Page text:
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RealtyTrac: Share of seriously underwater foreclosures hits new low

Equity rich homeowner number declines 300K

underwater home

At the end of the second quarter there were 7,443,580 residential properties that were seriously underwater — where the combined loan amount secured by the property is at least 25% higher than the property’s estimated market value — representing 13.3% of all properties with a mortgage, according to the second quarter report from RealtyTrac.

The second quarter underwater numbers were up from 7,341,922 seriously underwater homes representing 13.2% of all homes with a mortgage in the previous quarter — making Q2 the second consecutive quarter with a slight increase in both the number and share of seriously underwater properties — but were down from 9,074,449 seriously underwater properties representing 17.2% of all homes with a mortgage in the second quarter of 2015.

The number and share of seriously underwater homes peaked in the second quarter of 2012 at 12,824,729 seriously homes representing 28.6% of all homes with a mortgage.

“Slowing home price appreciation in 2015 has resulted in the share of seriously underwater properties plateauing at about 13% of all properties with a mortgage,” said Daren Blomquist, vice president at RealtyTrac. “However, the share of homeowners with the double-whammy of seriously underwater properties that are also in foreclosure is continuing to decrease and is now at the lowest level we’ve seen since we began tracking that metric in the first quarter of 2012.”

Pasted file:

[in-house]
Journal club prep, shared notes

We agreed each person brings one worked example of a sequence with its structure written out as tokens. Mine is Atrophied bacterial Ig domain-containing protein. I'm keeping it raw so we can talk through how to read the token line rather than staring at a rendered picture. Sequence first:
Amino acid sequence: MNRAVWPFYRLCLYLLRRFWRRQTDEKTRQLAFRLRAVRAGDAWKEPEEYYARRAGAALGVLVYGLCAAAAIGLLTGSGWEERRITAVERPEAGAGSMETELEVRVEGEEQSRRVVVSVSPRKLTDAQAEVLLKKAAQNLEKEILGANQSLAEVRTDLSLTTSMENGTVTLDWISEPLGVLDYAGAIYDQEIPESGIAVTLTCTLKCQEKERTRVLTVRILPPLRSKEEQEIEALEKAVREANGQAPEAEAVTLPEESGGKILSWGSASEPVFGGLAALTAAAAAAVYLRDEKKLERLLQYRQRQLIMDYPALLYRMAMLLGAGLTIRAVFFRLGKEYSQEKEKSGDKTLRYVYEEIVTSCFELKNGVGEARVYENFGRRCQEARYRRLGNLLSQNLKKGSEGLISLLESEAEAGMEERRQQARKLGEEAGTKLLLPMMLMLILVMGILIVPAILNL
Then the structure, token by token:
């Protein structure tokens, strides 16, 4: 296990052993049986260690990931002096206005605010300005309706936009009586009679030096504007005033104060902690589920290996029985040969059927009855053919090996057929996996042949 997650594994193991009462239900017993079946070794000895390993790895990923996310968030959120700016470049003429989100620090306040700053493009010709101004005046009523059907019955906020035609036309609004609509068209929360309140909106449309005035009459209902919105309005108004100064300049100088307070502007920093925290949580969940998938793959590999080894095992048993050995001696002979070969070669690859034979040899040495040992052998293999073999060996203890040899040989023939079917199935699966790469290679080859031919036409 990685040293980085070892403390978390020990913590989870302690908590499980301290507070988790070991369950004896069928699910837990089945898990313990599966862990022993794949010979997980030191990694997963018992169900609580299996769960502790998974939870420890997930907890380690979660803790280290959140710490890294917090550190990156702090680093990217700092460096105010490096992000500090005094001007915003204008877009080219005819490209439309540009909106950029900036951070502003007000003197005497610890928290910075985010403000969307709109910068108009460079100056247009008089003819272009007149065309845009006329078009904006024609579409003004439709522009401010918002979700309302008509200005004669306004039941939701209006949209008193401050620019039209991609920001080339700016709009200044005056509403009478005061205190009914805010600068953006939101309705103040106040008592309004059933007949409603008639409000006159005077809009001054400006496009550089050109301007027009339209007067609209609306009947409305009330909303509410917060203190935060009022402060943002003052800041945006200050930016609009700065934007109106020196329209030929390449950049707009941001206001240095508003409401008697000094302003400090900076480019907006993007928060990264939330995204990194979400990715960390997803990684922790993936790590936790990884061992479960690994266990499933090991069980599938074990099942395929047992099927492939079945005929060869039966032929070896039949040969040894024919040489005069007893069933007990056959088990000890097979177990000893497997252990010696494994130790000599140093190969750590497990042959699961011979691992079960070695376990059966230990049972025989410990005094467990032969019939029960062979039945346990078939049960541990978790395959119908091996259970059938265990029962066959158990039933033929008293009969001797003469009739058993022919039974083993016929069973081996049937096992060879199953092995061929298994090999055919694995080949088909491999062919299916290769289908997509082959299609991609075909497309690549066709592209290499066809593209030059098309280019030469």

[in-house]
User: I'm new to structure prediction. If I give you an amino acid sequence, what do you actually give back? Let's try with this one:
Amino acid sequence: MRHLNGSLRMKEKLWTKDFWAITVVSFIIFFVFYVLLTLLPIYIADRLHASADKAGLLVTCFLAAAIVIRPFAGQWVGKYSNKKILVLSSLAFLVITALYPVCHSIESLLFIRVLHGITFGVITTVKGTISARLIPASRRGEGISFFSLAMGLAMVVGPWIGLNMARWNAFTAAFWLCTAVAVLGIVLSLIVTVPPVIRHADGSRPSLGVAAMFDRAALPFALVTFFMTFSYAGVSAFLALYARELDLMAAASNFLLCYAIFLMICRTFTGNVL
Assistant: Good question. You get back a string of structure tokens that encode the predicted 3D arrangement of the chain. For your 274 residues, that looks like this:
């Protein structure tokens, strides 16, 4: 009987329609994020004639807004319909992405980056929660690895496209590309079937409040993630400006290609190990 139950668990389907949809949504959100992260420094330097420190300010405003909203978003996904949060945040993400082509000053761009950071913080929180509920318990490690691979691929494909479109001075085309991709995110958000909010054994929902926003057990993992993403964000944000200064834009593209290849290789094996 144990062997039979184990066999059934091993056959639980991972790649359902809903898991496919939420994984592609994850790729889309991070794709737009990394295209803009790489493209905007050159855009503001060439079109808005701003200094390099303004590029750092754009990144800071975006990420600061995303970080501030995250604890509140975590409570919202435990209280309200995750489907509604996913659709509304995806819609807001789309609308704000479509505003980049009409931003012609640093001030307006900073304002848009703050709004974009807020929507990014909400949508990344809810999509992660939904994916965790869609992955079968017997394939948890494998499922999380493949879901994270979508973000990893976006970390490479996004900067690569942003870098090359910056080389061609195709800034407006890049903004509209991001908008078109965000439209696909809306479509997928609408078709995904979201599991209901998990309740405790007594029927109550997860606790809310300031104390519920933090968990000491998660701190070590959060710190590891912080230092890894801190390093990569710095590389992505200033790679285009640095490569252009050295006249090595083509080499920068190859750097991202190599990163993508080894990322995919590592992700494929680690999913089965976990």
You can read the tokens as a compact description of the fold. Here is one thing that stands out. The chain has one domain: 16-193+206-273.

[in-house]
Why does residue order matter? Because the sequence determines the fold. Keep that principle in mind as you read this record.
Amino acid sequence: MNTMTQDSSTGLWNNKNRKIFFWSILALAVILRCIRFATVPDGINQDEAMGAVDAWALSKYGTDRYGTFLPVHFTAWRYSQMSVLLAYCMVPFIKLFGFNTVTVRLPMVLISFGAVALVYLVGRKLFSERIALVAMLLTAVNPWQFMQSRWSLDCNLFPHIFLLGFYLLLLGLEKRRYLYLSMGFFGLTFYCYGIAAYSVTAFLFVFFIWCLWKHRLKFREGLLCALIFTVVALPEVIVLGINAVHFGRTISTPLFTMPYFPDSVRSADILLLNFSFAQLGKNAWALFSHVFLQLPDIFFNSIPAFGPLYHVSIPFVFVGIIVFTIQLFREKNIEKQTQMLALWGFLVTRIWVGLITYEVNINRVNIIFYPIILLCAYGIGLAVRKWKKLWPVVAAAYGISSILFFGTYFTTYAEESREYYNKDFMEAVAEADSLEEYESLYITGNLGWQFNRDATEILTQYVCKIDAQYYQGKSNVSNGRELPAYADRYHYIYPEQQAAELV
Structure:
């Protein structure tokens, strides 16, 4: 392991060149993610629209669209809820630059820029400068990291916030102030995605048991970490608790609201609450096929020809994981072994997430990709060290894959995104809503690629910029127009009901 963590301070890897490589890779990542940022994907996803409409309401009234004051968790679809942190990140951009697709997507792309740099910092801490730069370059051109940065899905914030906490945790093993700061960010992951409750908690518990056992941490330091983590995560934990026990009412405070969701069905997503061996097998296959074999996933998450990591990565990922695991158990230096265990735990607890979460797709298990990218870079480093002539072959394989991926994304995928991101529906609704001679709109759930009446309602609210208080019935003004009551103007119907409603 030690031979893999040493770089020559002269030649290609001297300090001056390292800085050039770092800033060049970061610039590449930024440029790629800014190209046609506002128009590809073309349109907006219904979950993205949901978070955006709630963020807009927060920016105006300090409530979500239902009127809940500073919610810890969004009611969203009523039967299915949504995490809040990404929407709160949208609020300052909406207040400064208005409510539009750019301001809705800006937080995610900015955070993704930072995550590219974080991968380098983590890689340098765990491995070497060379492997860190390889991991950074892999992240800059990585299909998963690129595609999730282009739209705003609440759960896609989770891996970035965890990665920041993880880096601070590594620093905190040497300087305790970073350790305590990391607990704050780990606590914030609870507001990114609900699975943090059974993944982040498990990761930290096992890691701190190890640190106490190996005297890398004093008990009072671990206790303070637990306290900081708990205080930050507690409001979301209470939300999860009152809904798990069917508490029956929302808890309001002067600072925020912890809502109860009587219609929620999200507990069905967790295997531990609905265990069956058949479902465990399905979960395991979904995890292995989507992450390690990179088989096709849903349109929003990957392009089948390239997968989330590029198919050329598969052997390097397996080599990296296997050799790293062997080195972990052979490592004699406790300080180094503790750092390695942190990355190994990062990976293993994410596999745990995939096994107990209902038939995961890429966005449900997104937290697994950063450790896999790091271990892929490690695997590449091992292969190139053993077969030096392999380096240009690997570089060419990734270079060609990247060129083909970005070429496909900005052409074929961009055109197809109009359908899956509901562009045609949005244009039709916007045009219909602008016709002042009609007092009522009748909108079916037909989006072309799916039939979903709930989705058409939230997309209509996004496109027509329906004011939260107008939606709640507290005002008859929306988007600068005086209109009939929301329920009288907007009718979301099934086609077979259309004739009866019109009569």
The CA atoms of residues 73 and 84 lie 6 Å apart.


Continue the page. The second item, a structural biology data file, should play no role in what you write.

The share of distressed properties — those in some stage of the foreclosure process — that were seriously underwater at the end of the second quarter was 34.4%, down from 35.1% in the first quarter of 2015 and down from 43.6% in the second quarter of 2014 to the lowest level since tracking began in the first quarter of 2012. Conversely, the share of foreclosures with positive equity increased to 42.4% in the second quarter, up slightly from 42.1% in the first quarter and up from 34.1% in the second quarter of 2014.

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(Source: RealtyTrac)

The universe of equity-rich mortgaged properties — those with at least 50% equity — decreased on a quarter-over-quarter basis for the second straight quarter, down to 10.9 million representing 19.6% of all properties with a mortgage at the end of the second quarter. That was down from 11.1 million representing 19.8% at the end of the first quarter and down from 11.3 million representing 20.3% at the end of the fourth quarter, but still up from 9.9 million representing 18.9% at the end of the second quarter of 2014.

“Although the number of equity rich homeowners with a mortgage has increased by 1 million compared to a year ago, that number dropped by nearly 300,000 between the end of 2014 and the middle of 2015,” Blomquist added. “The number of homeowners with a mortgage who have at least 20% equity has dropped by more than 900,000 during the past six months, indicating that homeowners who have gained substantial equity thanks to the housing price recovery over the past three years are taking advantage of that newfound equity.

“Some are leveraging that equity into a higher LTV refinance or a move-up purchase, some may be downsizing into an all-cash purchase and some may be cashing out of homeownership altogether. Those homeowners cashing out of homeownership altogether would explain why the nation’s overall homeownership rate continued to decline in the second quarter even as homeownership rates among millennials increased,” he said.